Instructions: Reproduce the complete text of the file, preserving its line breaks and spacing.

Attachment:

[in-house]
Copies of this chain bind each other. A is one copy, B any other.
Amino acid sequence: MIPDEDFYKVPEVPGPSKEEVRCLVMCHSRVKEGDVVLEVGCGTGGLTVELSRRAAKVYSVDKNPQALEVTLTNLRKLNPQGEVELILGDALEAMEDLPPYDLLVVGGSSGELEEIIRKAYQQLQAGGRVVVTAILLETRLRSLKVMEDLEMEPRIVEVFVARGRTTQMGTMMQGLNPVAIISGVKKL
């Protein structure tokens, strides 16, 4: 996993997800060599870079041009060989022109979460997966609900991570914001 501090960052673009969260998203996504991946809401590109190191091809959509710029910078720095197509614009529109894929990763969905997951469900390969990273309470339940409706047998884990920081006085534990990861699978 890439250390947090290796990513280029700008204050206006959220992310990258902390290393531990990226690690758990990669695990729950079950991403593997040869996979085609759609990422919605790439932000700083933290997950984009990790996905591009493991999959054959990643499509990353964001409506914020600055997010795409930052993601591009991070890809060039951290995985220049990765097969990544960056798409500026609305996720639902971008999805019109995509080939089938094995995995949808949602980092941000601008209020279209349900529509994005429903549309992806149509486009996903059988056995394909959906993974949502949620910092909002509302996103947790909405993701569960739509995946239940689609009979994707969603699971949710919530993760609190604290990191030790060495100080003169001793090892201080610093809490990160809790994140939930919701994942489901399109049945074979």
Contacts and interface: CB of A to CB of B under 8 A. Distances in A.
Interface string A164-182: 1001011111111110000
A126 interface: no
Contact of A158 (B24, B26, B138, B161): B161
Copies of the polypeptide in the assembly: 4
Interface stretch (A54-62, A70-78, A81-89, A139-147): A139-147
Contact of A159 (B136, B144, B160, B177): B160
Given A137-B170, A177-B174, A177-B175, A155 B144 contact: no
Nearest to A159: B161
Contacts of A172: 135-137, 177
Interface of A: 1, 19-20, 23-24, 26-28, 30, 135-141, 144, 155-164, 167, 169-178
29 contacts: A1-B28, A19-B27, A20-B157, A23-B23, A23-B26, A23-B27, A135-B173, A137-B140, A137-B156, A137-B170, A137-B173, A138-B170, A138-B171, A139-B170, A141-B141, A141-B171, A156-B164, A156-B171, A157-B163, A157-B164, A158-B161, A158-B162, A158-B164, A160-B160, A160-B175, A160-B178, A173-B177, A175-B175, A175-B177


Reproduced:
[in-house]
Copies of this chain bind each other. A is one copy, B any other.
Amino acid sequence: MIPDEDFYKVPEVPGPSKEEVRCLVMCHSRVKEGDVVLEVGCGTGGLTVELSRRAAKVYSVDKNPQALEVTLTNLRKLNPQGEVELILGDALEAMEDLPPYDLLVVGGSSGELEEIIRKAYQQLQAGGRVVVTAILLETRLRSLKVMEDLEMEPRIVEVFVARGRTTQMGTMMQGLNPVAIISGVKKL
């Protein structure tokens, strides 16, 4: 996993997800060599870079041009060989022109979460997966609900991570914001 501090960052673009969260998203996504991946809401590109190191091809959509710029910078720095197509614009529109894929990763969905997951469900390969990273309470339940409706047998884990920081006085534990990861699978 890439250390947090290796990513280029700008204050206006959220992310990258902390290393531990990226690690758990990669695990729950079950991403593997040869996979085609759609990422919605790439932000700083933290997950984009990790996905591009493991999959054959990643499509990353964001409506914020600055997010795409930052993601591009991070890809060039951290995985220049990765097969990544960056798409500026609305996720639902971008999805019109995509080939089938094995995995949808949602980092941000601008209020279209349900529509994005429903549309992806149509486009996903059988056995394909959906993974949502949620910092909002509302996103947790909405993701569960739509995946239940689609009979994707969603699971949710919530993760609190604290990191030790060495100080003169001793090892201080610093809490990160809790994140939930919701994942489901399109049945074979």
Contacts and interface: CB of A to CB of B under 8 A. Distances in A.
Interface string A164-182: 1001011111111110000
A126 interface: no
Contact of A158 (B24, B26, B138, B161): B161
Copies of the polypeptide in the assembly: 4
Interface stretch (A54-62, A70-78, A81-89, A139-147): A139-147
Contact of A159 (B136, B144, B160, B177): B160
Given A137-B170, A177-B174, A177-B175, A155 B144 contact: no
Nearest to A159: B161
Contacts of A172: 135-137, 177
Interface of A: 1, 19-20, 23-24, 26-28, 30, 135-141, 144, 155-164, 167, 169-178
29 contacts: A1-B28, A19-B27, A20-B157, A23-B23, A23-B26, A23-B27, A135-B173, A137-B140, A137-B156, A137-B170, A137-B173, A138-B170, A138-B171, A139-B170, A141-B141, A141-B171, A156-B164, A156-B171, A157-B163, A157-B164, A158-B161, A158-B162, A158-B164, A160-B160, A160-B175, A160-B178, A173-B177, A175-B175, A175-B177